And that’s why the folks running the business end of the MMO’s had to come up with a way get their share of the market. Instead of having somebody play 30 days for $15, they end up with somebody playing 10 days and paying $6 (see what I did here?). The players love it, since they have so many games to pick from. By the way, that’s what it looks like from the players point of view: So many games, so little time. And many want to play them all.

In the end all those free-to-play models are business vehicles to be able to offer smaller pieces of the market to the buyers. Sony’s 3 day pass comes to mind. With F2P you get somebody to pay $20 for in game currency now and recharge 4 month later. However, one reality seems to be that many players have a main game where they are subscribed to, and many others were they drop by every now and then, leaving traces of money behind.

Makes you wonder if F2P is the right way to divide that market into more equal pieces. Plus, the $15 a month Blizzards have to let them chip away.

 

Photo by: Images_of_Money


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4 Comments

  1. The issue with subs right now isn’t primarily players budgets though; for me it’s about value and I think that’s the case with most others too. by now we’ve seen so much that we expect new MMOs to either be very fresh and/or polished or else we consider a sub not good enough value. that did change greatly since 8 years ago.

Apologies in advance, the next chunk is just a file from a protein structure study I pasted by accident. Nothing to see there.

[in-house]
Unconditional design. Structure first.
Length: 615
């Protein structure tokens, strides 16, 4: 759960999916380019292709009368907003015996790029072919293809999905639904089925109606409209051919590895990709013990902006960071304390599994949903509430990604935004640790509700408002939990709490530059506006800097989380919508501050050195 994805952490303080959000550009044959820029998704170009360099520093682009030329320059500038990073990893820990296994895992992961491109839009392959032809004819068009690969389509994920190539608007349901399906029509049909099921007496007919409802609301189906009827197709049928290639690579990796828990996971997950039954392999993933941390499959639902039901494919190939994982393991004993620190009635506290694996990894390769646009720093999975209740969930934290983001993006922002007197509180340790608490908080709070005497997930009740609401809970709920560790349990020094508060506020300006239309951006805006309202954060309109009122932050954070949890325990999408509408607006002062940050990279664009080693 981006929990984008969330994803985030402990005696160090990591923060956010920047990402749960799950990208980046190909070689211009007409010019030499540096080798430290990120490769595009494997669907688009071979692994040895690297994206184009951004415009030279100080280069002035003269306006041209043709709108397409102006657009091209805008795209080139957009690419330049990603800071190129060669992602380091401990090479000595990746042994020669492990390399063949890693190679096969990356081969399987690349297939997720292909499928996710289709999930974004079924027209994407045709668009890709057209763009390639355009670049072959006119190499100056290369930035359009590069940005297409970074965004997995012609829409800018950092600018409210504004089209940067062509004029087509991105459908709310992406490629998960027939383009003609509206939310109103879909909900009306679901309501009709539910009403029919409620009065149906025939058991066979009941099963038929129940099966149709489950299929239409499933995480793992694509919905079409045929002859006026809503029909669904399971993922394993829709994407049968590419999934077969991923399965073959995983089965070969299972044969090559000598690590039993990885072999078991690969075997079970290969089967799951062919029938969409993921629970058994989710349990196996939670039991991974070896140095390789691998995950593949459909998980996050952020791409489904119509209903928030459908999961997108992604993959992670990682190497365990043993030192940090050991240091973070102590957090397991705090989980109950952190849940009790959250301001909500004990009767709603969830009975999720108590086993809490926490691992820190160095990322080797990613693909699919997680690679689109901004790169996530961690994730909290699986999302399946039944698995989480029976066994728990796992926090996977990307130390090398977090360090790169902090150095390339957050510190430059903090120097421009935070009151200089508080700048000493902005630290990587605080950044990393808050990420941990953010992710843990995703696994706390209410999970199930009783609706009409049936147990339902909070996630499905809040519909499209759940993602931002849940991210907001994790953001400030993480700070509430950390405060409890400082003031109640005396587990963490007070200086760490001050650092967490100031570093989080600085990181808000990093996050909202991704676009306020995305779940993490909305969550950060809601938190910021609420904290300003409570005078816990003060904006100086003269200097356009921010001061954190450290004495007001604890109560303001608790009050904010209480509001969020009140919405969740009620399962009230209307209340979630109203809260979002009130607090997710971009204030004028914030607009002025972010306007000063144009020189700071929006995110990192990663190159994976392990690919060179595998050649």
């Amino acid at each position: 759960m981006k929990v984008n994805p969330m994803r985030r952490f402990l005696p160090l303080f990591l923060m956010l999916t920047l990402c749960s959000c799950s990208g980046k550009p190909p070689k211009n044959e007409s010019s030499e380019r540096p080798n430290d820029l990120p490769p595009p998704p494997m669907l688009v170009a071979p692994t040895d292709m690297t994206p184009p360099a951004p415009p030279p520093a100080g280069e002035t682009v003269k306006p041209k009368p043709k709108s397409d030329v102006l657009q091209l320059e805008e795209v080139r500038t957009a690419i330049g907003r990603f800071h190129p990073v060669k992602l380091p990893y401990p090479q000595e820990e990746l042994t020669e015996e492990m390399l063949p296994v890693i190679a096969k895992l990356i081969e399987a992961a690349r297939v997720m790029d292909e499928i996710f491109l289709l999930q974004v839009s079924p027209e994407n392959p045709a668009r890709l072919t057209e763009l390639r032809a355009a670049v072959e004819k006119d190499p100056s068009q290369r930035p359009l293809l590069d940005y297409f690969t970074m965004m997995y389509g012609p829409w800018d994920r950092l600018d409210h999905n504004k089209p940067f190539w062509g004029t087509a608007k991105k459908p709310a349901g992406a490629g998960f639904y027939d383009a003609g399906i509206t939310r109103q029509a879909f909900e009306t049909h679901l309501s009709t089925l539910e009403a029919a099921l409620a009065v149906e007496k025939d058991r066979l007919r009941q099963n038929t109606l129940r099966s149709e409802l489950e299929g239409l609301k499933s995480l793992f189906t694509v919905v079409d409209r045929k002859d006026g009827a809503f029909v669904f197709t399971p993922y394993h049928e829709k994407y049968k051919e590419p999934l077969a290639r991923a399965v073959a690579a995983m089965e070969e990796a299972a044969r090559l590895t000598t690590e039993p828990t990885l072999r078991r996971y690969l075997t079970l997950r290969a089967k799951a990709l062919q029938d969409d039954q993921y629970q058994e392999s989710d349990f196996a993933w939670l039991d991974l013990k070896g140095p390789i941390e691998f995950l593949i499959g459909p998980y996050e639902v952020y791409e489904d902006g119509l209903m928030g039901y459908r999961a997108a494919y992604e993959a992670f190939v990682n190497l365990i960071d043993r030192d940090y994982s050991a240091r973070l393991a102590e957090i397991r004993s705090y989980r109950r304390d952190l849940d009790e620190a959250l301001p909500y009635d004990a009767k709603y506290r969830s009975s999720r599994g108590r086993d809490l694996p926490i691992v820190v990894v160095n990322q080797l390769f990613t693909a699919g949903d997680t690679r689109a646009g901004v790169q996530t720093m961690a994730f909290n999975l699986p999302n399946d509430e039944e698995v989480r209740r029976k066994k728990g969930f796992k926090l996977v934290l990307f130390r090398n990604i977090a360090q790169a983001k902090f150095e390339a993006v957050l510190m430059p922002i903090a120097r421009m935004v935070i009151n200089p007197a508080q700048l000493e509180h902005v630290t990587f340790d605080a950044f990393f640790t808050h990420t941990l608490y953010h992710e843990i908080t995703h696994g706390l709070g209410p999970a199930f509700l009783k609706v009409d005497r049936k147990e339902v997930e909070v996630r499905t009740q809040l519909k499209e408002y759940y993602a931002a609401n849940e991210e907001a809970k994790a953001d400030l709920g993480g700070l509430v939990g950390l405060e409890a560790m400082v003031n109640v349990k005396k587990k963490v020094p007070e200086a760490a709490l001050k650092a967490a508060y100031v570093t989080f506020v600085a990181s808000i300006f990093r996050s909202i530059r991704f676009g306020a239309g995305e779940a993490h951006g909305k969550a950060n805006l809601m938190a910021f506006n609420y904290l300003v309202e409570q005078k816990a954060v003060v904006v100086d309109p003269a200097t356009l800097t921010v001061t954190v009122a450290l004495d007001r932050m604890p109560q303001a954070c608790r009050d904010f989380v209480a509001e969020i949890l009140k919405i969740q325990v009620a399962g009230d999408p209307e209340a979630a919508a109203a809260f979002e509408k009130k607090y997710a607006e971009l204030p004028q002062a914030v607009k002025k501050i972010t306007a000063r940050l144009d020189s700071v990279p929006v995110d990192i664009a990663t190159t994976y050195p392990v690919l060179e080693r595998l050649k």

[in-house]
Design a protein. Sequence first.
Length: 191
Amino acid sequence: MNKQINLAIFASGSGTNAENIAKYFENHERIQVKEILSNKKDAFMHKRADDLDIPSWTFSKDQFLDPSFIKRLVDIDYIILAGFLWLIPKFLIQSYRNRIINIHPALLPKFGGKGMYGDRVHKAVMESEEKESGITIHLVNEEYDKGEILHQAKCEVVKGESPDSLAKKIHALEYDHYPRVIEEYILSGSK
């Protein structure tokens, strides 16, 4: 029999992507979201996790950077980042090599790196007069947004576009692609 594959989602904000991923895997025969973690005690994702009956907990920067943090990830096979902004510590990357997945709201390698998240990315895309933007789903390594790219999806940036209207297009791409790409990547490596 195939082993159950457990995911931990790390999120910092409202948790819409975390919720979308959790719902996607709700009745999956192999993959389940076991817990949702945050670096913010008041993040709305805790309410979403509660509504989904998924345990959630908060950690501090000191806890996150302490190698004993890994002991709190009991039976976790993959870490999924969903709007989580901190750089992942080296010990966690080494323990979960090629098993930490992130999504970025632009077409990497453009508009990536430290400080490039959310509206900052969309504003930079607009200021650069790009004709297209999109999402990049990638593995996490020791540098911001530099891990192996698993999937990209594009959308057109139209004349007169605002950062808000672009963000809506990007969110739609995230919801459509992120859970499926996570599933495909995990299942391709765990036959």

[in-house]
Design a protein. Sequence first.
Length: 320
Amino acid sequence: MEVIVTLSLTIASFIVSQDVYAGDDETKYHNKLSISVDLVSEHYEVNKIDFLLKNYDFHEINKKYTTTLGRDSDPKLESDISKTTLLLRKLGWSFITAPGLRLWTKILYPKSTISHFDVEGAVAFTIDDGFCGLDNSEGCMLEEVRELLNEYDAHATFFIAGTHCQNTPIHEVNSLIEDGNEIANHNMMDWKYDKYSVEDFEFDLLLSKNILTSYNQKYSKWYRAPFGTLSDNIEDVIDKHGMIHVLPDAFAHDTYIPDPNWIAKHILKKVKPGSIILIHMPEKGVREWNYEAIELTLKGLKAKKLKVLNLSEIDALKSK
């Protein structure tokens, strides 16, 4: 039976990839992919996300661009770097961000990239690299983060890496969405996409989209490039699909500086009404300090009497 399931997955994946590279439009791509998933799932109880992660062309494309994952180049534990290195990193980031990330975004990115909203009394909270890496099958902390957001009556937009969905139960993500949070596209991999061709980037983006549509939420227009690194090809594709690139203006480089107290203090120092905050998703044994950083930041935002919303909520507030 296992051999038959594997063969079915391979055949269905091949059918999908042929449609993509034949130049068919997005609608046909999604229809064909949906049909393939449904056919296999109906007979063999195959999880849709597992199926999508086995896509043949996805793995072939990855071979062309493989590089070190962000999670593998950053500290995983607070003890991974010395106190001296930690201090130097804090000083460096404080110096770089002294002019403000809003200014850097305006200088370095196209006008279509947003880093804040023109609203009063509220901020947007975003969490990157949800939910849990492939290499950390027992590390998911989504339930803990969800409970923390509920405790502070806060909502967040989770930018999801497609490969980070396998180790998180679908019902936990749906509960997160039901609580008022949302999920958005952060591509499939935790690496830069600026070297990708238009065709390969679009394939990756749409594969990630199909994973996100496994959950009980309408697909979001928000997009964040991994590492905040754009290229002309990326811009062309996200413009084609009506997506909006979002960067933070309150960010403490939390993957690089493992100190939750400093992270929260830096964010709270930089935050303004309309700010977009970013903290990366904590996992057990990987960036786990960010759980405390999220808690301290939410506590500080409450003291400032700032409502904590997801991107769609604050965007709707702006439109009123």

the average player can easily afford one sub or several a month if he really wanted to, if he had the time for all these games and was genuinely super hyped. but not many are – so, F2P is the best way to get people to try anyway. maybe you can still convince them, maybe they’ll get hooked because they’re friends are there too. on the upside the customer avoids the bad experience of buying a game that he turns out to hate. coincidence that TSW already launched a ‘free weekend’ (ye…anniversary ha-ha)? hardly. a lot more players have looked into the game now than would have, just thanks to this.
    it’s tough times, trying to convince the MMO veteran to pay for a new game. we scrutinize our personal value more than ever.